Jesus’ life followed that of other first-century Jews. His bris is recorded in the gospel of Luke 2:21:
And at the end of eight days, when he was circumcised, he was called Yeshua, the name given by the angel before he was conceived in the womb.
Here we see both the circumcision and the naming taking place.
Earlier, the same occurs with Jesus’ cousin John, traditionally known as “John the Baptist.” Though John is not often found as a Jewish name in the English language, its Hebrew equivalent Yochanan has been much more common. In John’s story given below, we overhear a discussion on naming the child; note the implication that the baby should be named after a living relative. That practice is found among modern Sephardic Jews, while Ashkenazi tradition calls for naming after a deceased family member. Here, however, an angel has previously instructed the father, Zechariah, to name him John. The writing tablet mentioned below is because Zechariah had temporarily lost the power of speech, read the full story in Luke.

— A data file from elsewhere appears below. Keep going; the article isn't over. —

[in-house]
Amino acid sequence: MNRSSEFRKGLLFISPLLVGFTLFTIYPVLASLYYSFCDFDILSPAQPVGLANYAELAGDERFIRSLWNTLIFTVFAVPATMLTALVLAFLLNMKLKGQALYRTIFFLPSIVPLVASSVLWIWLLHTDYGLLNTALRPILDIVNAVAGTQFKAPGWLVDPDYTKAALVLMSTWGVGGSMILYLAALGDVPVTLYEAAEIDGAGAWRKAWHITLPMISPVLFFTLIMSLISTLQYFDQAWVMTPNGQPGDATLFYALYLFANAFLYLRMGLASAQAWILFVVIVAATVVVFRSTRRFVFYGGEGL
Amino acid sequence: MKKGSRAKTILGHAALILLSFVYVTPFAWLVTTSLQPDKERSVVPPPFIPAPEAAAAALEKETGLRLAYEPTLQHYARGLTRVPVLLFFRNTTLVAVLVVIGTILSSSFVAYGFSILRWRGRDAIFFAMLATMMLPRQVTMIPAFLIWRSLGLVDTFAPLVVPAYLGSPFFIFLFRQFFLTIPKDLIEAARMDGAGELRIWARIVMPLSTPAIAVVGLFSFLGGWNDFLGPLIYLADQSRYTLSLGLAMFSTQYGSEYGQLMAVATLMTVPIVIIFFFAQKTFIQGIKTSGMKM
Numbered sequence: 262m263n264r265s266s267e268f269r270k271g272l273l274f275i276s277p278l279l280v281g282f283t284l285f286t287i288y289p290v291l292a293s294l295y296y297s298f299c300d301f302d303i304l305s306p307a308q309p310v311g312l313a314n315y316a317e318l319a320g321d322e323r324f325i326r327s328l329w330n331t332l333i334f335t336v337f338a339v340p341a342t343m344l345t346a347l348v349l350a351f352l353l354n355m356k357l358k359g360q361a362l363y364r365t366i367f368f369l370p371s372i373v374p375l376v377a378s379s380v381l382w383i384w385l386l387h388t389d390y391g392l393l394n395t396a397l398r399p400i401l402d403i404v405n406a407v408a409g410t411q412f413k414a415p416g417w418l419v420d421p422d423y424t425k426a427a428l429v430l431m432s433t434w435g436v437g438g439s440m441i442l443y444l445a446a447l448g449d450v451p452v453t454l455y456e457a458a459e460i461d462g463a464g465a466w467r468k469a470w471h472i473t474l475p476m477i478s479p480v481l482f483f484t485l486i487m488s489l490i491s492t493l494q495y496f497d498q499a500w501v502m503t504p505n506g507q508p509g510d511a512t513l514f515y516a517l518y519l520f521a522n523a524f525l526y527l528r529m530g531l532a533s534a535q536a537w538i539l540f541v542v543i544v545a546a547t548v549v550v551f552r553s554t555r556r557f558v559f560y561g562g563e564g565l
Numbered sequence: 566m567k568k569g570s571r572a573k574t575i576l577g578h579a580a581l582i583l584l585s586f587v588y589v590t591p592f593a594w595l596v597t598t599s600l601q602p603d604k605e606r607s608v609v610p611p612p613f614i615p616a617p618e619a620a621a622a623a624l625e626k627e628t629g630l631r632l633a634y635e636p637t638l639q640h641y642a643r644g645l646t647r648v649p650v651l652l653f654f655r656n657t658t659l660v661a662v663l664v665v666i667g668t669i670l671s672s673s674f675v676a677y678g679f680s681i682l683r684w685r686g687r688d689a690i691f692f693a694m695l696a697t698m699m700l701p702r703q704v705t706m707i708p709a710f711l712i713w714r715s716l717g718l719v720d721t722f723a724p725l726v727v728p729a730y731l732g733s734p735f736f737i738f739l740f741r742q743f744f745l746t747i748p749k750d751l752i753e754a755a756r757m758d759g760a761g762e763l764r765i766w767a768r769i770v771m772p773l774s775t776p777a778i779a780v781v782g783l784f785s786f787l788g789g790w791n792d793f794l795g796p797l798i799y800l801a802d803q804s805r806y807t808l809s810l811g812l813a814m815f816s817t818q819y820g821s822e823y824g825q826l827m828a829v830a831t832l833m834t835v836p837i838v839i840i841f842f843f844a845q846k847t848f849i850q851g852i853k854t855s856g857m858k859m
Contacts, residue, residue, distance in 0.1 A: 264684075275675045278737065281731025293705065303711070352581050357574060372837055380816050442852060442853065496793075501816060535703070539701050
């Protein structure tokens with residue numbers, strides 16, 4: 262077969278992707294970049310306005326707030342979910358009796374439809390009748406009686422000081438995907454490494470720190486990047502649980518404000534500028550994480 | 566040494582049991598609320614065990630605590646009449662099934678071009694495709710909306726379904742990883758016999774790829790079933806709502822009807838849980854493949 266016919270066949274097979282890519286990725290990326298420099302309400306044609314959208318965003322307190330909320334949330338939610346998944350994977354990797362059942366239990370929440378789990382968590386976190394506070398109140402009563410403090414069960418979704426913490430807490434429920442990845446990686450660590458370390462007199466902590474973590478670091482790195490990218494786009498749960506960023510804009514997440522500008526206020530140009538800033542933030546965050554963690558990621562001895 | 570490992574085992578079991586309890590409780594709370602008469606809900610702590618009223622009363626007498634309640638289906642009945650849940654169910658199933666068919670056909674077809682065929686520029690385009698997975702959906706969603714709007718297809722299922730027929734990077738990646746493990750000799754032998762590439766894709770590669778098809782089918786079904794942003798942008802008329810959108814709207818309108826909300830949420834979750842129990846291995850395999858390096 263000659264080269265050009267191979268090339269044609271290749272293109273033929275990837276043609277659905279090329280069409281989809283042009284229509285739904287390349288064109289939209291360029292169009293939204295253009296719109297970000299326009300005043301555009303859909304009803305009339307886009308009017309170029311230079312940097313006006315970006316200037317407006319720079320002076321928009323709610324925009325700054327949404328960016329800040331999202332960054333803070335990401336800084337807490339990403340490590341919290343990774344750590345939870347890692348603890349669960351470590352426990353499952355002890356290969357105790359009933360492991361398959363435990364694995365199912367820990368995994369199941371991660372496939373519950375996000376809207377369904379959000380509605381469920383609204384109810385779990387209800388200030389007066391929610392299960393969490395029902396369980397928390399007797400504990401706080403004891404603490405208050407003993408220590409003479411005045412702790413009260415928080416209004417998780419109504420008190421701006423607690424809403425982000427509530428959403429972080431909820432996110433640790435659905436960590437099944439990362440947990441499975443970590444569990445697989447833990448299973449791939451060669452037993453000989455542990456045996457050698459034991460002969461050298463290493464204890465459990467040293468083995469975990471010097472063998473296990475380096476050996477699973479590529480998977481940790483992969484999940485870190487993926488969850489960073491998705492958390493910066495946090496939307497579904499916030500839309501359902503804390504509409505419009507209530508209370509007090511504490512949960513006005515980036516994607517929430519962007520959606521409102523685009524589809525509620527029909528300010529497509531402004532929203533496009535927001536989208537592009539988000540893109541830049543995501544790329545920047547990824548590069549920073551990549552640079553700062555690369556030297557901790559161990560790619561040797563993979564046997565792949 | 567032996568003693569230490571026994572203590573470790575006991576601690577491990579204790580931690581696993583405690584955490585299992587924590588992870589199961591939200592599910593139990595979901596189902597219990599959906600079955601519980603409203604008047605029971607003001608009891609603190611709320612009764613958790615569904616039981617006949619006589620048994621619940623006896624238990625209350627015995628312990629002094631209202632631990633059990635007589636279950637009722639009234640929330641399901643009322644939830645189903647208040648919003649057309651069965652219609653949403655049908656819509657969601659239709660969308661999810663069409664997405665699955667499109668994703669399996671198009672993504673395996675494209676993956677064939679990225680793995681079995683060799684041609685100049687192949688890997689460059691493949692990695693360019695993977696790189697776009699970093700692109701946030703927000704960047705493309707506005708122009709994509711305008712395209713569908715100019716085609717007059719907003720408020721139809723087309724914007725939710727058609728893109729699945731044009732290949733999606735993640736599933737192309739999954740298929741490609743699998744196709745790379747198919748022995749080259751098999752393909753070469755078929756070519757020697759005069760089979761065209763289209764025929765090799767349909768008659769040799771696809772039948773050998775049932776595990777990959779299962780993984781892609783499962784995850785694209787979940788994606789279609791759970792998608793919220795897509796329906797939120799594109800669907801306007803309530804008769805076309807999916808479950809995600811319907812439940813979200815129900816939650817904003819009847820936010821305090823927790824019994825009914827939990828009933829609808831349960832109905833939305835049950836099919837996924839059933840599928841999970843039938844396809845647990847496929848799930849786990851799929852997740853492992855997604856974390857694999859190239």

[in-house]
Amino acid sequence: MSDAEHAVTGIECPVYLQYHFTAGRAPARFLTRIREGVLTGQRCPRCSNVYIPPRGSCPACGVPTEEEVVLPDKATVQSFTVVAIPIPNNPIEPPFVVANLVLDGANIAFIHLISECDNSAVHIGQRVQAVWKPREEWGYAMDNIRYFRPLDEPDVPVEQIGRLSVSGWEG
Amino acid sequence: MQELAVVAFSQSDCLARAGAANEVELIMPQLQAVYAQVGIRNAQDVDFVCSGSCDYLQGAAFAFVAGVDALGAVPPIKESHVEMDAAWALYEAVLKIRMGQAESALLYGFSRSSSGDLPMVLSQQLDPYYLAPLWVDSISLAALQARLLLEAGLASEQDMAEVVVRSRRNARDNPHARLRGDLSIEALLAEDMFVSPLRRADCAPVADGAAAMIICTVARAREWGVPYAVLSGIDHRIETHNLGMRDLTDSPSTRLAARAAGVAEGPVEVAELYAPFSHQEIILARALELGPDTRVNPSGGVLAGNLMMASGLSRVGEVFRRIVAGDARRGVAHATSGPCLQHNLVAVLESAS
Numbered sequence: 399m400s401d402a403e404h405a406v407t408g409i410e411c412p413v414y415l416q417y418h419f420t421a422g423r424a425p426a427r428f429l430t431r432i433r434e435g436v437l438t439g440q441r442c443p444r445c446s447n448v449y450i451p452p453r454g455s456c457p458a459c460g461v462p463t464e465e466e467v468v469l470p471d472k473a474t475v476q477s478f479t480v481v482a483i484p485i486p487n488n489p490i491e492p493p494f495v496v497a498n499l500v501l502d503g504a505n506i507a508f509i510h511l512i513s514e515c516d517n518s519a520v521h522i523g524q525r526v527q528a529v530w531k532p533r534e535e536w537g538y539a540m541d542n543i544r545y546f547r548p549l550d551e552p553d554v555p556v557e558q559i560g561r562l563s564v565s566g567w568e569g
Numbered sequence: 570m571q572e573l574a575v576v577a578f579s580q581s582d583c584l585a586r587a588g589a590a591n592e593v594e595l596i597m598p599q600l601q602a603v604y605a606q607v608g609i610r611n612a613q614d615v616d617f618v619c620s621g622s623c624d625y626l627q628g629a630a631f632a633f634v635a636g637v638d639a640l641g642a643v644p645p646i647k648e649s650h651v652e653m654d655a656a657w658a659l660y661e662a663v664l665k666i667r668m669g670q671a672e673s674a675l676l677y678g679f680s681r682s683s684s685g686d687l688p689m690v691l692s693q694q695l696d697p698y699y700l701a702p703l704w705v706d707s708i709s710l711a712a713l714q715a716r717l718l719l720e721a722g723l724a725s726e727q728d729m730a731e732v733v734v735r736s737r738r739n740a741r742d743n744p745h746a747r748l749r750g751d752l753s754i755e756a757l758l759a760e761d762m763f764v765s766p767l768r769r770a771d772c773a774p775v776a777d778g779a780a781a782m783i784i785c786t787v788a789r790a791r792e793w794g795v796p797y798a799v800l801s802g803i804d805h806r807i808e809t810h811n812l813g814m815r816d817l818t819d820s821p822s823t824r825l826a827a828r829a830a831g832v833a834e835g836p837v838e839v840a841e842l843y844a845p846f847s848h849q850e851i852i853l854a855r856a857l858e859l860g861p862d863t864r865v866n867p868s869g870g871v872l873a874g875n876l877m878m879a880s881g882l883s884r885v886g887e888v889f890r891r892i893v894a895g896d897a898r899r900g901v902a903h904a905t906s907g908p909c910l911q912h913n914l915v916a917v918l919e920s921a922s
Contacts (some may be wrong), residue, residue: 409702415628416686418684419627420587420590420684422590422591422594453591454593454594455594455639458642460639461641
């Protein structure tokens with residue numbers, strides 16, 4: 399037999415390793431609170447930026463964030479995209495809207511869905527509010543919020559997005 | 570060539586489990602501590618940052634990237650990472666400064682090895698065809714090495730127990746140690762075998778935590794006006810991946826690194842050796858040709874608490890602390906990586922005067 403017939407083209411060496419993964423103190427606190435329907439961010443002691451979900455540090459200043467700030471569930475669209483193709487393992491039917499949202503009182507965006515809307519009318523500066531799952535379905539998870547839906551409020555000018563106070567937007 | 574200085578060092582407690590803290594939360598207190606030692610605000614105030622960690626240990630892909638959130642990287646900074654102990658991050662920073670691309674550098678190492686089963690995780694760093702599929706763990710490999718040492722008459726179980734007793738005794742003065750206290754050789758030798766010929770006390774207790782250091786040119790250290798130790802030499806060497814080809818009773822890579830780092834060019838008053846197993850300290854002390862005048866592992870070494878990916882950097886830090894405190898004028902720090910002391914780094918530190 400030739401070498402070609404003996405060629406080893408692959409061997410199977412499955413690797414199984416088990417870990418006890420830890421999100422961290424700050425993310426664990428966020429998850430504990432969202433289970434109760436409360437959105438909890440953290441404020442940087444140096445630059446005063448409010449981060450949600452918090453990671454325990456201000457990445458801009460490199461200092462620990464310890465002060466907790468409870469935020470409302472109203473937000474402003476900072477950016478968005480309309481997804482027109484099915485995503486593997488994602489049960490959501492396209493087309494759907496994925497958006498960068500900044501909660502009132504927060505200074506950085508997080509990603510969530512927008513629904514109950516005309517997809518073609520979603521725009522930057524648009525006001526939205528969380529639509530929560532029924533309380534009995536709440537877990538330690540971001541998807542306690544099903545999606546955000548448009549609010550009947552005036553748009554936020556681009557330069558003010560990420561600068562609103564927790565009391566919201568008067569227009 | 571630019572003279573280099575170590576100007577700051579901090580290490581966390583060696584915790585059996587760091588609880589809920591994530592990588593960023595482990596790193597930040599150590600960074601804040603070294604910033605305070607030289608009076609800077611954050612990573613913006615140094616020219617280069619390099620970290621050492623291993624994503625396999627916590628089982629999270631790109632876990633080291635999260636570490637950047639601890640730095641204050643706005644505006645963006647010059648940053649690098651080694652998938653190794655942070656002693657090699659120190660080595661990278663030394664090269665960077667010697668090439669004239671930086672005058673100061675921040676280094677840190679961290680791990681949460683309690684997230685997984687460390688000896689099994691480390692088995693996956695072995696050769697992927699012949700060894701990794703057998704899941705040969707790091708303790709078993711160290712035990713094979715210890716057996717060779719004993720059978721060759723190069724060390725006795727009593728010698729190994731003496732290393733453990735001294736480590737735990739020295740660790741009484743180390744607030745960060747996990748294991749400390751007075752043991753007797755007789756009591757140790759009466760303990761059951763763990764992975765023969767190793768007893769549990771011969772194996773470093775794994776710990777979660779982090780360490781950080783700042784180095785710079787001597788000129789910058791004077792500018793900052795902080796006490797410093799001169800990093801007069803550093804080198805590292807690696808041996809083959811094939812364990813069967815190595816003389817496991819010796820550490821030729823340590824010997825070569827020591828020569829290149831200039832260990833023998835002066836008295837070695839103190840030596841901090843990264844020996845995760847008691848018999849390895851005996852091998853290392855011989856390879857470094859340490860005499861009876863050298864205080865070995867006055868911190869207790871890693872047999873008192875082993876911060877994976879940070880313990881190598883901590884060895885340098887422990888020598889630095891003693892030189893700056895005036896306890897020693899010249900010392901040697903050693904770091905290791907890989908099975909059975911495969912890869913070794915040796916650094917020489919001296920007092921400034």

Now the time came for Elizabeth to give birth, and she bore a son. And her neighbors and relatives heard that the Lord had shown great mercy to her [by her bearing a son], and they rejoiced with her. And on the eighth day they came to circumcise the child. And they would have called him Zechariah after his father, but his mother answered, “No; he shall be called John.” And they said to her, “None of your relatives is called by this name.” And they made signs to his father, inquiring what he wanted him to be called. And he asked for a writing tablet and wrote, “His name is John.” And they all wondered. (Luke 1:57-63)